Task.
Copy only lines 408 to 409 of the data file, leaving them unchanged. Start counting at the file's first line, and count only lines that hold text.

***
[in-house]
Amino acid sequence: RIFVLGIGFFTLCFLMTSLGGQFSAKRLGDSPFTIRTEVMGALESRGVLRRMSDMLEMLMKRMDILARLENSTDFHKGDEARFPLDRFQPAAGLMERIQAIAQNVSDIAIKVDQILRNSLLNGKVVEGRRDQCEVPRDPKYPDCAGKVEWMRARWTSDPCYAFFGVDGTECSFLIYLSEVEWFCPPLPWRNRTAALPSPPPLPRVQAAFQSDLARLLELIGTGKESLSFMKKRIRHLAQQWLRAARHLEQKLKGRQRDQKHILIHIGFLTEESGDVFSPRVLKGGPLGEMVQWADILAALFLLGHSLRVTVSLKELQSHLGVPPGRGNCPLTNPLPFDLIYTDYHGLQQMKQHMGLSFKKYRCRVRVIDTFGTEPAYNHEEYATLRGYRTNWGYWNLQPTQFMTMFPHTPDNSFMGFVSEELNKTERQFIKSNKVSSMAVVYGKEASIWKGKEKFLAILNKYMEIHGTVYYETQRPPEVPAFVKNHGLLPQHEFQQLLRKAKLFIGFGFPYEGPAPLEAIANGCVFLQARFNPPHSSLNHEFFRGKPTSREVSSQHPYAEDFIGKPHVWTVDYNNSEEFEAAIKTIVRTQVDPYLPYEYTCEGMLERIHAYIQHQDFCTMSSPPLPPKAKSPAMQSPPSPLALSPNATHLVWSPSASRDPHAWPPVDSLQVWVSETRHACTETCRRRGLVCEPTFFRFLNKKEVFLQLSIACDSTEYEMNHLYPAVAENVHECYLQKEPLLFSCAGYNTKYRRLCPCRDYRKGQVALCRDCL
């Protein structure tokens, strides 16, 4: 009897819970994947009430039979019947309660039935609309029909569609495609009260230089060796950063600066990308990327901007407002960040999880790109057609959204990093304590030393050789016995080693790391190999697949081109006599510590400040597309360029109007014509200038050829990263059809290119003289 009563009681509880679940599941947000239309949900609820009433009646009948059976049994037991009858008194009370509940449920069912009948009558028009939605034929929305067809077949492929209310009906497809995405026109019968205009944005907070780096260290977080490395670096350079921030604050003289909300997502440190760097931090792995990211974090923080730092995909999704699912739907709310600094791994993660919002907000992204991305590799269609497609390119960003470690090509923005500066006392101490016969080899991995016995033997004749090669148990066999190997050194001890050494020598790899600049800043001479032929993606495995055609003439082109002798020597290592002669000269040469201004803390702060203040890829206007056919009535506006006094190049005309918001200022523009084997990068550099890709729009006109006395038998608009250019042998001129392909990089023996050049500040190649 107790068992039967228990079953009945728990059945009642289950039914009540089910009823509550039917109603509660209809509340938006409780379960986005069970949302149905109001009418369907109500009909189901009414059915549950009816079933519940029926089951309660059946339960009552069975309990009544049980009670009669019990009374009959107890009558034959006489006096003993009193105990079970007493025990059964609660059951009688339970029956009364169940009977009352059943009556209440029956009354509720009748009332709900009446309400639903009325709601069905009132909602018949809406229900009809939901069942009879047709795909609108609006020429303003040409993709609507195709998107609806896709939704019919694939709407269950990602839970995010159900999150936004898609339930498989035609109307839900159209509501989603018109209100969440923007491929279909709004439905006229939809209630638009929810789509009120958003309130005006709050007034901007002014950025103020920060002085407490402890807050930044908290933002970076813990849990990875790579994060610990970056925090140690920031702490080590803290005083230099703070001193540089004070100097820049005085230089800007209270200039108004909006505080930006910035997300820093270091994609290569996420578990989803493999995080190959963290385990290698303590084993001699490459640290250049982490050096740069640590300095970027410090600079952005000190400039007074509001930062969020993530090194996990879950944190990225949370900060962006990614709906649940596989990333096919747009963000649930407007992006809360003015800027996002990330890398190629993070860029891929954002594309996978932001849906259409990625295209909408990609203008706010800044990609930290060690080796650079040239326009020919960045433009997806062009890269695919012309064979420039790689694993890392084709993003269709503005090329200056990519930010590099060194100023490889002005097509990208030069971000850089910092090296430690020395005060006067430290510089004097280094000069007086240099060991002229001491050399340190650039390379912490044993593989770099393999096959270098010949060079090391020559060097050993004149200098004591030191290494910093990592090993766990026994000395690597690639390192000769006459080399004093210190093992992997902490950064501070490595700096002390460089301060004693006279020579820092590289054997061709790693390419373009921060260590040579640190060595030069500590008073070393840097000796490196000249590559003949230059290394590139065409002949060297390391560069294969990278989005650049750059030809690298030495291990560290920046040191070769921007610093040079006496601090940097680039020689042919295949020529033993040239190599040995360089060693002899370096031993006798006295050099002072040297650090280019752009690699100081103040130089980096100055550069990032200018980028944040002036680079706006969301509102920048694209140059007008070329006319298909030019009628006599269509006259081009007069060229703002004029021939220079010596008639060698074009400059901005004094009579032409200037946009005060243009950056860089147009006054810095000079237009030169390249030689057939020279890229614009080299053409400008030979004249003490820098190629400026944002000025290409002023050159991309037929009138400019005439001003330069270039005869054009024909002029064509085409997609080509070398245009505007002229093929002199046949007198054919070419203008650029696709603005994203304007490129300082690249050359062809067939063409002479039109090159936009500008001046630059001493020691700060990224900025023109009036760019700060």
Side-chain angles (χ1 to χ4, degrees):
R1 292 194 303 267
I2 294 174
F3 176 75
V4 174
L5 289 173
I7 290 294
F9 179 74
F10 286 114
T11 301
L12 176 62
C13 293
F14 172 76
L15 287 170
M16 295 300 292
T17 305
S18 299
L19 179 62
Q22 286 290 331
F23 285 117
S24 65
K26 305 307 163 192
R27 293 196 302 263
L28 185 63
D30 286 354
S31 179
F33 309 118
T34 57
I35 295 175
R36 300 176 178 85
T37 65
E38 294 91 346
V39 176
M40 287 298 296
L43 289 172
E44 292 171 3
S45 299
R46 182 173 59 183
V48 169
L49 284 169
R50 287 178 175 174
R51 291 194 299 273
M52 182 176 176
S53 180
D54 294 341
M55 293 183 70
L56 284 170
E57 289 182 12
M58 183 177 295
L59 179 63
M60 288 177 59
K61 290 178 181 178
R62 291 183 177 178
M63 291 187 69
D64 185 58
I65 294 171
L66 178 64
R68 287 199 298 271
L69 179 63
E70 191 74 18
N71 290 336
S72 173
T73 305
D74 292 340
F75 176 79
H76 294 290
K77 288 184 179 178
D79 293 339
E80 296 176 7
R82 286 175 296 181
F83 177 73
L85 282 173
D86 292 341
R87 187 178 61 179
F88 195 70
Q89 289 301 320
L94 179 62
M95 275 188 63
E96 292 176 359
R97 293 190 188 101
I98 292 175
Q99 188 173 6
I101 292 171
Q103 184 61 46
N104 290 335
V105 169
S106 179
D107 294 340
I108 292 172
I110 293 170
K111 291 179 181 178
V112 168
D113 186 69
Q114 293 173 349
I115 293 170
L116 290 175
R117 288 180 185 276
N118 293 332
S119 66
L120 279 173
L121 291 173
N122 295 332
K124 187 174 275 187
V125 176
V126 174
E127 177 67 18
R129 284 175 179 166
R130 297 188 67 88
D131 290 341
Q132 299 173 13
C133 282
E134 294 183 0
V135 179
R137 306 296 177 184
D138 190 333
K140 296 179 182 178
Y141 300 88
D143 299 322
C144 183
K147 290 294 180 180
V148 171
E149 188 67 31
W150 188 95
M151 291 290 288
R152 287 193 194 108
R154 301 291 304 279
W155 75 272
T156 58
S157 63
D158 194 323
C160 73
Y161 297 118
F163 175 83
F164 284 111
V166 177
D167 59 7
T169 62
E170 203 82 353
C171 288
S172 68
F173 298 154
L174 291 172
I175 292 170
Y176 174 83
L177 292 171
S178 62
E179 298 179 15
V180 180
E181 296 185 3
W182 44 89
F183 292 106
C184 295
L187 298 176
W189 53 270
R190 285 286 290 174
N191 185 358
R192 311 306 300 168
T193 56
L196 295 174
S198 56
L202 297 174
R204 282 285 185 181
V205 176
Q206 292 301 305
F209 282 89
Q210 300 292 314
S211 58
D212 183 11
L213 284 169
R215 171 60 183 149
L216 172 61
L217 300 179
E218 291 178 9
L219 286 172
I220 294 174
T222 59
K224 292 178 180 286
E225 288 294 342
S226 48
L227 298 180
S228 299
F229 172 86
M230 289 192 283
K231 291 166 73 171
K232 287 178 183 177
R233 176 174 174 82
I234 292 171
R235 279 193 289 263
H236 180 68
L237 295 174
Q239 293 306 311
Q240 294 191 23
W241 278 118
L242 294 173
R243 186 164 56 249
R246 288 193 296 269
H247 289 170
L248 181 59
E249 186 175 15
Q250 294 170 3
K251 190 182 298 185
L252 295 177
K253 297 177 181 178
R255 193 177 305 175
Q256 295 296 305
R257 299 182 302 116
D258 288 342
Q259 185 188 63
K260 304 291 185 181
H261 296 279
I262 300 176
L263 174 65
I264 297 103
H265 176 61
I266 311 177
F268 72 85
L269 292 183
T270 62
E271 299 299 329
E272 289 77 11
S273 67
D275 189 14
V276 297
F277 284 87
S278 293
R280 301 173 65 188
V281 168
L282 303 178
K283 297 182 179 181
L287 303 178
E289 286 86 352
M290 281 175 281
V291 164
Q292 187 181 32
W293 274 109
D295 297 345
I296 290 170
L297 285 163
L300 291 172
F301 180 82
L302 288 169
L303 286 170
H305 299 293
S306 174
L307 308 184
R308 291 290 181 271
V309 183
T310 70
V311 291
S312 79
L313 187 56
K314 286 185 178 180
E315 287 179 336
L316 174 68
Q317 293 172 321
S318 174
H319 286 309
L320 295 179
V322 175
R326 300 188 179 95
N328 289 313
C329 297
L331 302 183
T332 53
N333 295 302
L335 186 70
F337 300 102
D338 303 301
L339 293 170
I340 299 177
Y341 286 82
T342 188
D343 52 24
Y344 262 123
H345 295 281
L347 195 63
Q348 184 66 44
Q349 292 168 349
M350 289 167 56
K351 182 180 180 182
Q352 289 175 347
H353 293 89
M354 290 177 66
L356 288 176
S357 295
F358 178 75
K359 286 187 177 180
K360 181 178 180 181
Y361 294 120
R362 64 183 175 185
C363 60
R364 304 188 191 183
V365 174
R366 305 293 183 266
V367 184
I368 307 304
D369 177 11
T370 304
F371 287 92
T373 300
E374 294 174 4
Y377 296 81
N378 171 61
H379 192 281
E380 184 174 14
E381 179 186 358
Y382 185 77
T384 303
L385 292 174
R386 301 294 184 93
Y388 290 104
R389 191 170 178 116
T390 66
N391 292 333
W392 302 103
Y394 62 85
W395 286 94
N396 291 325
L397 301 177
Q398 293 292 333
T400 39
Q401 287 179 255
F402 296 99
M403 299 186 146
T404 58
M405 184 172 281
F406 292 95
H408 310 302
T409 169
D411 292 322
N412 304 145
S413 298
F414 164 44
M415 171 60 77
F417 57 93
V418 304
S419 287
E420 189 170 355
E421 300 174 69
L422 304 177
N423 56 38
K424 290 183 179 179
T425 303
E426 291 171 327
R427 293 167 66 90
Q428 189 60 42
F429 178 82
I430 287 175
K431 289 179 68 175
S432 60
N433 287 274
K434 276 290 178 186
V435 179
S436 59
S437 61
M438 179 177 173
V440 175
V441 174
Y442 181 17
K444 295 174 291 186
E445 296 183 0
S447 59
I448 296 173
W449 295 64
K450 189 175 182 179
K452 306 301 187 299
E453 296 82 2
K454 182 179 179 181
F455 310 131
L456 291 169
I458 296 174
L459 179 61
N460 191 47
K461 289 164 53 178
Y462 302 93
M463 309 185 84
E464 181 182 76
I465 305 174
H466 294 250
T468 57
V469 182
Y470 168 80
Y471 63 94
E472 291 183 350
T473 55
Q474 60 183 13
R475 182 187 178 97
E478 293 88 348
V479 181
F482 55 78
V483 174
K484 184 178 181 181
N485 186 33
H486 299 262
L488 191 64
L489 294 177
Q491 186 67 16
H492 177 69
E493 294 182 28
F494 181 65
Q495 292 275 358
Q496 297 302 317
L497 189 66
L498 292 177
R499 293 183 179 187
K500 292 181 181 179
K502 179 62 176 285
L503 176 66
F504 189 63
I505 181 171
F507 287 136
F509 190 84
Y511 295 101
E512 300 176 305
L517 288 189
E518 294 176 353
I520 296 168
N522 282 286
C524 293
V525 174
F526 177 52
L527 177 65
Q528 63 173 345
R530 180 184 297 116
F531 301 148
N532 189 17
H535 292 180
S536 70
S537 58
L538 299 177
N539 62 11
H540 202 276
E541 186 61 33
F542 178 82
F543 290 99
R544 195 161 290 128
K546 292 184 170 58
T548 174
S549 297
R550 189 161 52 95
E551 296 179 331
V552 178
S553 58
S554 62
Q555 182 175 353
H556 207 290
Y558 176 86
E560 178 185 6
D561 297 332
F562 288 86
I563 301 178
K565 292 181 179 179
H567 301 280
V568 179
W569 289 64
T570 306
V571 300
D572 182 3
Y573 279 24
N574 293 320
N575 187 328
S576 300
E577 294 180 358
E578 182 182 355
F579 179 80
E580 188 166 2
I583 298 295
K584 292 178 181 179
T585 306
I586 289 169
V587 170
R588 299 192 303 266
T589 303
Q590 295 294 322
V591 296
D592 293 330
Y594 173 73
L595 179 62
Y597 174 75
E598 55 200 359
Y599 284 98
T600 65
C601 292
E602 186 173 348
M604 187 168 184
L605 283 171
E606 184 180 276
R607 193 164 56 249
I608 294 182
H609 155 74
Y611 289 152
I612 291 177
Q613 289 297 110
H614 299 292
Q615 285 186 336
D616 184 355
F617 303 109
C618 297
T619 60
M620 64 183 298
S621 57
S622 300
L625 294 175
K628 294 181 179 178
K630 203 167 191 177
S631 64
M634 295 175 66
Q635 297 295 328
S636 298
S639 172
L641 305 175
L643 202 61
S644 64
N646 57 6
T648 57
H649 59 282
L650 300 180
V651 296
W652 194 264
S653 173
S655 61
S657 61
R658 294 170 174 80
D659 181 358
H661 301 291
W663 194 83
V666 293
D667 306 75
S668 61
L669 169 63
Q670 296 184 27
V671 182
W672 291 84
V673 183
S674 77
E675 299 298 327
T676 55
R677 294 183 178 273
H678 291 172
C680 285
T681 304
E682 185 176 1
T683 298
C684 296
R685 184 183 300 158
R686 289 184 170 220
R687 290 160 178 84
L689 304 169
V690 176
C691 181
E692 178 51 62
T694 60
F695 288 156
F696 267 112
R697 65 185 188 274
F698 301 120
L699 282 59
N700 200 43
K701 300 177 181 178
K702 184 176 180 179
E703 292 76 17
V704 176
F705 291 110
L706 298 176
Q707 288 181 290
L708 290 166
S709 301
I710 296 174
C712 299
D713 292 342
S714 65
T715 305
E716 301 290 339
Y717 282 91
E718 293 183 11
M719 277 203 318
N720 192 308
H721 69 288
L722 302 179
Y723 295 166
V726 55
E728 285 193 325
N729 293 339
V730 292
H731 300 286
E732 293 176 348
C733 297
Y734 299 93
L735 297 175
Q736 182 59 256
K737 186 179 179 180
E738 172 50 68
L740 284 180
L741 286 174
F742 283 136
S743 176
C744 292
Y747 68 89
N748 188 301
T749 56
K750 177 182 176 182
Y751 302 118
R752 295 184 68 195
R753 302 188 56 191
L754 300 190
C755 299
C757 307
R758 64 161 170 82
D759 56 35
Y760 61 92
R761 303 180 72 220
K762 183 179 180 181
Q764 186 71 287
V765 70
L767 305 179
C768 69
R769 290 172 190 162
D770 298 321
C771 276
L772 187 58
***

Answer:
R499 293 183 179 187
K500 292 181 181 179